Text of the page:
What does this separation between cause and reason mean for the role of rationality, the property of intelligibility and the ontology of grounding in the development of metaphysics and the foundations of science in the 17th and 18th century? How do the emergent concepts of the general laws of nature and universally conserved physical magnitudes harmonize the rationality of nature and the uniqueness of causes in a new cosmology? What becomes the status of the self-caused? How does the early modern rejection of formal and final causes return, in other guises, and transform the semantic content of physical theories? How does the identity or distinction of reason and cause continue to inform contemporary philosophy?
The aim of this conference is to explore the distinction (and relation) of cause and reason from a historical examination of early modern philosophy and science while engaging with the contemporary debates surrounding grounding, causation and scientific explanation. Aside from paper presentations by invited and selected speakers, short reading groups of primary source texts (relevant to the presentations) will be led by conference organizers and invited speakers.
We invite papers addressing these problems of reason and cause based on historical studies and contemporary problems. We are particularly interested in papers that are able to connect 17th and 18th century thinkers with contemporary issues in metaphysics and philosophy of science. However, papers focusing on these issues contextually based in the 17th and 18th century are also enthusiastically welcomed.
Presentations are planned to be 45 minutes, leaving 15-20 minutes for discussion.
Please submit an abstract of 500 words, including the title of the presentation, to easychair. The abstract should be prepared for blind review. We welcome Ph.D. students and postdoctoral scholars as well as more established colleagues.
Notification of acceptance by 30 June 2017
For more information, see the conference website.
Please direct any futher questions to Tzuchien Tho.
Kirsten Walsh writes…
Newton is often taken to have spawned two important, but different, sciences: an experimental science exemplified in the Opticks, and a mathematical science exemplified in the Principia. I. Bernard Cohen and George Smith, for example, write:
There is, perhaps, no greater tribute to the genius of Isaac Newton than that he could thus engender two related but rather different traditions of doing science.
Like many commentators, they emphasise the differences between the austere, formal mathematism of Newton’s so-called ‘rational mechanics’ and the complex and sophisticated experimentalism of his work on light and colour. And so, the two works are typically taken to exemplify very different methodologies.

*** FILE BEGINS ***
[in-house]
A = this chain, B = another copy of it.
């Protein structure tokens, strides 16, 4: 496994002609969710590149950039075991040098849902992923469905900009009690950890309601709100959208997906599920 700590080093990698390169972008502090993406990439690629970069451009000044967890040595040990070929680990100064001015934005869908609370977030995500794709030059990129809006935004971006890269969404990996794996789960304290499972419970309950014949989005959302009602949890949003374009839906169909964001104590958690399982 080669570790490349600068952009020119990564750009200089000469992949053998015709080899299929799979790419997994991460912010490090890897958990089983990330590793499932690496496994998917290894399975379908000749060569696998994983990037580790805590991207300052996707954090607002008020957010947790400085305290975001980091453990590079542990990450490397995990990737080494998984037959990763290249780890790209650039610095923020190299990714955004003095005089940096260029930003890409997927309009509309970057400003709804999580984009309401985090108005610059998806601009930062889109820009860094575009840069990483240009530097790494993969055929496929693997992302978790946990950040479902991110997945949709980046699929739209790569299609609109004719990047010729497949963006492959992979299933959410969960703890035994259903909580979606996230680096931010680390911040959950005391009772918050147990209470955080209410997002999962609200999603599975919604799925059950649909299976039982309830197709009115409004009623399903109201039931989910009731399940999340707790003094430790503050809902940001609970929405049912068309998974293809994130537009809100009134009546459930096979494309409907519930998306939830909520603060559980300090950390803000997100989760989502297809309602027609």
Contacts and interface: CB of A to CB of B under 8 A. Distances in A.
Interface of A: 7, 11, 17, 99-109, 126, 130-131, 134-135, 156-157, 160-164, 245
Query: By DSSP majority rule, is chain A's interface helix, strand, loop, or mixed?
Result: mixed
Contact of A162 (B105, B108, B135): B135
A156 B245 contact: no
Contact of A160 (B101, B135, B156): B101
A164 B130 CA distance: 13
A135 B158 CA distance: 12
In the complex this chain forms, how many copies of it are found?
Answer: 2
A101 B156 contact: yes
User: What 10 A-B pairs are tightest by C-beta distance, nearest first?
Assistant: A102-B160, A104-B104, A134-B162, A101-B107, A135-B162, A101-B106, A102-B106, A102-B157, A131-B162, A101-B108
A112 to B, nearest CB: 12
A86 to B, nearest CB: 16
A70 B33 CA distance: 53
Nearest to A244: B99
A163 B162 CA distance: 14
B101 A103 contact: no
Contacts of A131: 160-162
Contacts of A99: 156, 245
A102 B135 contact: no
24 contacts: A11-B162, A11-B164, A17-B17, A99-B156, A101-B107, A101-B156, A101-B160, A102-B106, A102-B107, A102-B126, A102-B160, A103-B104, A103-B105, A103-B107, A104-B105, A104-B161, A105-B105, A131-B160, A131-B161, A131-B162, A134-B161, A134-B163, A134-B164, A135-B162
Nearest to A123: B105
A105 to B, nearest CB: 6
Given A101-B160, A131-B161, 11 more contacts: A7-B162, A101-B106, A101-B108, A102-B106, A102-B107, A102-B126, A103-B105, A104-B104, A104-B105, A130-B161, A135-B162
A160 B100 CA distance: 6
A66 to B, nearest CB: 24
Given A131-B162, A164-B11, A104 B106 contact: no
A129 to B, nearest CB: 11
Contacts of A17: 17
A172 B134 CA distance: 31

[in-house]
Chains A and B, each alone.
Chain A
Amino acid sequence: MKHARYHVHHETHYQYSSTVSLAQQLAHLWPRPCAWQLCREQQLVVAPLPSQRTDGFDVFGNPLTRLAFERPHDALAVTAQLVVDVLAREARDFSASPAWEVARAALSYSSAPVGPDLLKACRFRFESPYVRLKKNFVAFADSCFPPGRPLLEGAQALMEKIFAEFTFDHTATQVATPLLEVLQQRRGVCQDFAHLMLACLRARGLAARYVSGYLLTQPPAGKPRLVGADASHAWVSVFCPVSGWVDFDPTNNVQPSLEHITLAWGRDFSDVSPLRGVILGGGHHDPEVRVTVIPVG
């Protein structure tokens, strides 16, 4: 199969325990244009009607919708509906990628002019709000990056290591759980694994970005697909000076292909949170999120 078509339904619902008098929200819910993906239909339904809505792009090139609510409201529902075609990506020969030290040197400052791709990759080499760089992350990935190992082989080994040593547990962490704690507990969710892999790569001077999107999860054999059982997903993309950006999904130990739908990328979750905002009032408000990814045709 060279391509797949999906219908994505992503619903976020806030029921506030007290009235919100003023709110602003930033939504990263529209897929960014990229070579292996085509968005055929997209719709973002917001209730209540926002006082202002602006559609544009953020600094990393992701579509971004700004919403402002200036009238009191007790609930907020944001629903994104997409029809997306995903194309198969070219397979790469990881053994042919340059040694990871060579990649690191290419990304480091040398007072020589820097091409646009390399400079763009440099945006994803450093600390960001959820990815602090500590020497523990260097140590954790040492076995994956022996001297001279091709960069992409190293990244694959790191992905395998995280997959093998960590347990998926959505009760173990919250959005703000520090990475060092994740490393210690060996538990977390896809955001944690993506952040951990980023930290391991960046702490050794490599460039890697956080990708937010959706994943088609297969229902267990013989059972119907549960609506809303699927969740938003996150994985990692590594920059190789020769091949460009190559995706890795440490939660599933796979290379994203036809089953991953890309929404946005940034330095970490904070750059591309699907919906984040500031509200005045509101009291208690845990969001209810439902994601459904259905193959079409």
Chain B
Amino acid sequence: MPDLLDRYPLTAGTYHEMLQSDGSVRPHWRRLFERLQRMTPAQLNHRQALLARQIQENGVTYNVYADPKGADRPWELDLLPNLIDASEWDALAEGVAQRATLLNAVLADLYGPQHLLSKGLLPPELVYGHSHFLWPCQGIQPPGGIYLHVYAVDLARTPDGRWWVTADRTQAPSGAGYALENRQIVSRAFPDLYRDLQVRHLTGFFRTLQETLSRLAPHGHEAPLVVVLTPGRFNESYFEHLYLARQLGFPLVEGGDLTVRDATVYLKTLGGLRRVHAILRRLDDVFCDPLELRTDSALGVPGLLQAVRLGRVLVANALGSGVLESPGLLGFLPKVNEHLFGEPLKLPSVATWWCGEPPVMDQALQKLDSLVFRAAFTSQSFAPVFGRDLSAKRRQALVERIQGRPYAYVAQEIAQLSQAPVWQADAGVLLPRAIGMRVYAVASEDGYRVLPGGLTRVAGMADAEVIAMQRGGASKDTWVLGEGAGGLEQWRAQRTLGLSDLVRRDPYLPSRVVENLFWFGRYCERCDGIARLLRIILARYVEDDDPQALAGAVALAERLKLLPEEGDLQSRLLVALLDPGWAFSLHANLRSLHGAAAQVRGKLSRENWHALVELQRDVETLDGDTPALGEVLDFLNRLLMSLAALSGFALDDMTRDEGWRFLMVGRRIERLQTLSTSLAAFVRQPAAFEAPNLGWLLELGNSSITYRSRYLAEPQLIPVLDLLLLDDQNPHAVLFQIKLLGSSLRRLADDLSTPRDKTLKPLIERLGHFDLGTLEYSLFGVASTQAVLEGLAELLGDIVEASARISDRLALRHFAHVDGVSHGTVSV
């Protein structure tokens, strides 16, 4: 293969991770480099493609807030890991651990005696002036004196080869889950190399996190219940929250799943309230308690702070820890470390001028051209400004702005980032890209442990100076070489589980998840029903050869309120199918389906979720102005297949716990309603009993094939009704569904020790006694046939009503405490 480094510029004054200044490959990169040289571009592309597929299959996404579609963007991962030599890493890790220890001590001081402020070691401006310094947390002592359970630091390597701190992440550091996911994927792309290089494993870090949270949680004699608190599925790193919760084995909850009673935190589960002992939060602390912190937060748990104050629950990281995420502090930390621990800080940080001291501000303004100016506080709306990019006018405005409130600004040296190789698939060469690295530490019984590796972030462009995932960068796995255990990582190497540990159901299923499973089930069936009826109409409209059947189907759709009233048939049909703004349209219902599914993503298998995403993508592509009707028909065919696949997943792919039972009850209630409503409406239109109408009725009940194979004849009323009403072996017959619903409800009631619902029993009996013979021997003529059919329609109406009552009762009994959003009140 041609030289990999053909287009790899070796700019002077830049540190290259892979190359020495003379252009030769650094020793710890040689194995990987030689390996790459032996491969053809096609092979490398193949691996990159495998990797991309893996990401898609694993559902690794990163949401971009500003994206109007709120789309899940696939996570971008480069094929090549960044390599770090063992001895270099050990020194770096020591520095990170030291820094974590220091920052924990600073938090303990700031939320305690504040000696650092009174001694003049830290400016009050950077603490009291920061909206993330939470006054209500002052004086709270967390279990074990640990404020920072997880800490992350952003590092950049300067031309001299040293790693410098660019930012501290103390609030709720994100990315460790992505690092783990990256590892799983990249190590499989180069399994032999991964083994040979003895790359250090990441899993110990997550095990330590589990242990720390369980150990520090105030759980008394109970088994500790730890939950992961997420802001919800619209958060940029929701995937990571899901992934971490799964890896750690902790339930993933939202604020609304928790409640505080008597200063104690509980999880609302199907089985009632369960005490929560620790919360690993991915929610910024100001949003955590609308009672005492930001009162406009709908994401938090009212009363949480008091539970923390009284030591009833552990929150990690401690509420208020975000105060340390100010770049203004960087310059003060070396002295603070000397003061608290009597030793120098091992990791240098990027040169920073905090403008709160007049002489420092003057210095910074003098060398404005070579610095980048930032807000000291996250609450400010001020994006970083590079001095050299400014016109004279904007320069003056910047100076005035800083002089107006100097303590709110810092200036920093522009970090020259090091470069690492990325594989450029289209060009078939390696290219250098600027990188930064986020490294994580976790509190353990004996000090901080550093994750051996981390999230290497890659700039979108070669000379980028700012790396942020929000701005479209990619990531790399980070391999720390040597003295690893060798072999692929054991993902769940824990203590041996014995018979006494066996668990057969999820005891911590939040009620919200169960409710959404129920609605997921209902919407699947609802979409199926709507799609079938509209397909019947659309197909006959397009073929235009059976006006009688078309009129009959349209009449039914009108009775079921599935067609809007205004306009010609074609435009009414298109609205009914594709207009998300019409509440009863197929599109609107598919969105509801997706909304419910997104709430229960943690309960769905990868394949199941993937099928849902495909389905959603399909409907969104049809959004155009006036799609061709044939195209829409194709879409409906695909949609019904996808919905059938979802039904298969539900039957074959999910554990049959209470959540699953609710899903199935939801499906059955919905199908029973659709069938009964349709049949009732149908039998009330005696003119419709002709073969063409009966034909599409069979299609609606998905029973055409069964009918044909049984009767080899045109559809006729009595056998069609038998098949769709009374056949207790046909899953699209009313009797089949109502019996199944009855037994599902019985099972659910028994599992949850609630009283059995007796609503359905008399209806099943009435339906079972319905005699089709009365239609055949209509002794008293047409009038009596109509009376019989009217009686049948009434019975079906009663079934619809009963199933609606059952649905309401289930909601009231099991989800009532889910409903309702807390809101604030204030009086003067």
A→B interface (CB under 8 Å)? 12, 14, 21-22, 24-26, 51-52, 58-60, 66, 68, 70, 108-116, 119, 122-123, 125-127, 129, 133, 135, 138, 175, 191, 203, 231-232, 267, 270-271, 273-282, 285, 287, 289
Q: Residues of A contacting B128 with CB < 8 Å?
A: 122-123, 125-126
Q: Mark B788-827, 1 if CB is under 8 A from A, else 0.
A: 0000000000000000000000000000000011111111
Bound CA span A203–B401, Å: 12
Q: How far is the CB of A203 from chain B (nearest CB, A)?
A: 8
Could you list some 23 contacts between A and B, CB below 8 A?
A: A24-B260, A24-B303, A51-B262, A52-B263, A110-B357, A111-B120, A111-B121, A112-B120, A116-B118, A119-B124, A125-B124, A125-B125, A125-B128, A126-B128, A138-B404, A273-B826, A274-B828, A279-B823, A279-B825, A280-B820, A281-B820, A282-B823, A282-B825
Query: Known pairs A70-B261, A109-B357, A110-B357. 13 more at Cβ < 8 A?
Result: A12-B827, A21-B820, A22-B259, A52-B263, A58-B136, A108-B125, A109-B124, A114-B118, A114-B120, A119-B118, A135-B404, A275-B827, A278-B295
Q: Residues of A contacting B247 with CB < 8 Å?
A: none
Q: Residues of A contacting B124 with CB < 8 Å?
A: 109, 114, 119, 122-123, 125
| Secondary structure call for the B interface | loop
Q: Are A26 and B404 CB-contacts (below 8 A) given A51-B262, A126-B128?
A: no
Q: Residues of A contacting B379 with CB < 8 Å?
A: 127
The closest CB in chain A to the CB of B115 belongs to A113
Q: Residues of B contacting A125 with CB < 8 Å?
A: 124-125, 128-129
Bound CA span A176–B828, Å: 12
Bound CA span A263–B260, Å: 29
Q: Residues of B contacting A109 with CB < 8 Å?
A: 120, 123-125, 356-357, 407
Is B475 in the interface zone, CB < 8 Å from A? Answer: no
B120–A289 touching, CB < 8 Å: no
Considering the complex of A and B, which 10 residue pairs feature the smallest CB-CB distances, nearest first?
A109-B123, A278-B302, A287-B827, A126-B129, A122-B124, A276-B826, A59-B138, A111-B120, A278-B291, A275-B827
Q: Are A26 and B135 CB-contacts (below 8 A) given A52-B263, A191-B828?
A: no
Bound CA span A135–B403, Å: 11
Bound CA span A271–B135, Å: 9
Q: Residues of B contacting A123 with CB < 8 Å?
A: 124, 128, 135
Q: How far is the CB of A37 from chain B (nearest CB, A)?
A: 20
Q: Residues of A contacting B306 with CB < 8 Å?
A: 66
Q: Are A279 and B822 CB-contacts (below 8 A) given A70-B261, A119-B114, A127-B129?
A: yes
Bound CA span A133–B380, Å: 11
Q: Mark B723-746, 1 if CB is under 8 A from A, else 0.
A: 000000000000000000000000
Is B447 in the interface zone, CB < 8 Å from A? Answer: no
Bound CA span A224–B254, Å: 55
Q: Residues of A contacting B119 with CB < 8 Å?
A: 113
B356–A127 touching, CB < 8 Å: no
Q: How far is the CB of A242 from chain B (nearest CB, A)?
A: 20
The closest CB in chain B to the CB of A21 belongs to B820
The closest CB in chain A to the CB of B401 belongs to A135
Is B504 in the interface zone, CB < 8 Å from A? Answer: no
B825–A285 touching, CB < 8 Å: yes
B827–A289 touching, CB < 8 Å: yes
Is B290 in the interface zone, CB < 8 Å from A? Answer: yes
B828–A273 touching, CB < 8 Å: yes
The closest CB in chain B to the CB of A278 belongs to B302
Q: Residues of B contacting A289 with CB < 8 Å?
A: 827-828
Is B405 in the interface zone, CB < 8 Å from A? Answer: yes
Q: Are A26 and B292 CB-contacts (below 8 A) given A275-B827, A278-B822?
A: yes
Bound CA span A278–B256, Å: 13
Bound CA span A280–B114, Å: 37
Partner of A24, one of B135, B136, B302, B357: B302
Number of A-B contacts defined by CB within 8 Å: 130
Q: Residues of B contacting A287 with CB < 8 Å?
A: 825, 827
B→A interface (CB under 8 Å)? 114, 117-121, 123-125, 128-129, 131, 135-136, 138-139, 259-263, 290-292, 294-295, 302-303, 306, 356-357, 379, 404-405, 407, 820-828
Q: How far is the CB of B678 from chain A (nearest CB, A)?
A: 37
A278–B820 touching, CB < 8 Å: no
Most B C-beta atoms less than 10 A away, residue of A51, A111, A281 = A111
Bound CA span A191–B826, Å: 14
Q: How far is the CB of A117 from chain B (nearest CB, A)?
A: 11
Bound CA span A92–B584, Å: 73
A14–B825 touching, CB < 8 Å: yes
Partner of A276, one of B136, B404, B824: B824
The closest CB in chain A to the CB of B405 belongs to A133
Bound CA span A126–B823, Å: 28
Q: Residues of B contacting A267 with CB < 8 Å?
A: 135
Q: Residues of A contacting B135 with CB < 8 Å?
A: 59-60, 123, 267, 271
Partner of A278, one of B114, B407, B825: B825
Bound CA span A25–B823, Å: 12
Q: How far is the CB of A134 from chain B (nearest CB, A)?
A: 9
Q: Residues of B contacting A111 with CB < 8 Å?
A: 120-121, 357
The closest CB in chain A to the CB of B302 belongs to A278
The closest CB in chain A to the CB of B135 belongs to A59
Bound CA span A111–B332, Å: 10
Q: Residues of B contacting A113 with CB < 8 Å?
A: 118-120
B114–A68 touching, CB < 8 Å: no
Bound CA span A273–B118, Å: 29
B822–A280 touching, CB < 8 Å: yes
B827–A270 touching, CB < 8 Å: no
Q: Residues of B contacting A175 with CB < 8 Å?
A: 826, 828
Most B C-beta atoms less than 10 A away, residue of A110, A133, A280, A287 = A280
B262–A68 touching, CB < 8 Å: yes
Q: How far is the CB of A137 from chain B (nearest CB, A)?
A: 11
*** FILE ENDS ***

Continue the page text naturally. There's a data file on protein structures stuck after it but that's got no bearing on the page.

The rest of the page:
In contrast, on this blog, I have emphasised the common features, rather than the differences—presenting a more integrated account of Newton’s methodology. For example, I have argued that his claim, that the Principia is a work of experimental philosophy, is something we should take seriously. And so the mathematico-experimental method is a feature of both the Opticks and the Principia. Moreover, I have argued that Newton’s mathematico-experimental method can be broadly characterised by an epistemic triad: a three-way epistemic division between theories, hypotheses and queries. The epistemic triad drives Newton’s optical work and his rational mechanics in a trajectory from experiment to certainty, using mathematical reasoning.
While the Opticks and the Principia represent two fields to which Newton made important contributions, these impressive tomes do not signify the entirety of his research output—nor even the bulk. During his lifetime, Newton produced vast quantities of written work on chymistry, theology and Church history, as well as mathematics. Over several posts, I plan to explore some of this less well-known work in order to learn more about Newton’s methodology. In particular, I want to see what kinds of methodological continuity, if any, there are between his many projects.
This may seem like a fool’s errand. Indeed, these lesser-known parts of Newton’s research have a poor reputation. One idea, floated by Jean-Baptiste Biot in his 1829 biography, was that Newton’s intellectual life divided naturally in two: prior to his mental breakdown in 1692, Newton’s life was sane, rational and scientific, but afterwards was mad, irrational and religious. And so Newton’s alchemical and theological manuscripts are often dismissed as the half-baked musings of an old man. In more recent times, however, commentators such as Betty Jo Teeter Dobbs, William R. Newman, Rob Iliffe and Sarah Dry (to name just a few!) have aimed to redress this situation. They have demonstrated that Newton’s alchemical and theological pursuits were as much a part of his intellectual life as the optics, rational mechanics and mathematics, for which he is famous. So, firstly, if there was any kind of cleavage, it was not along disciplinary lines, and secondly, these intellectual pursuits should be counted as serious scholarship—not simply to be swept under the proverbial rug.
So what sorts of continuities should we expect to find? In the remainder of this post, I’ll offer a few preliminary suggestions.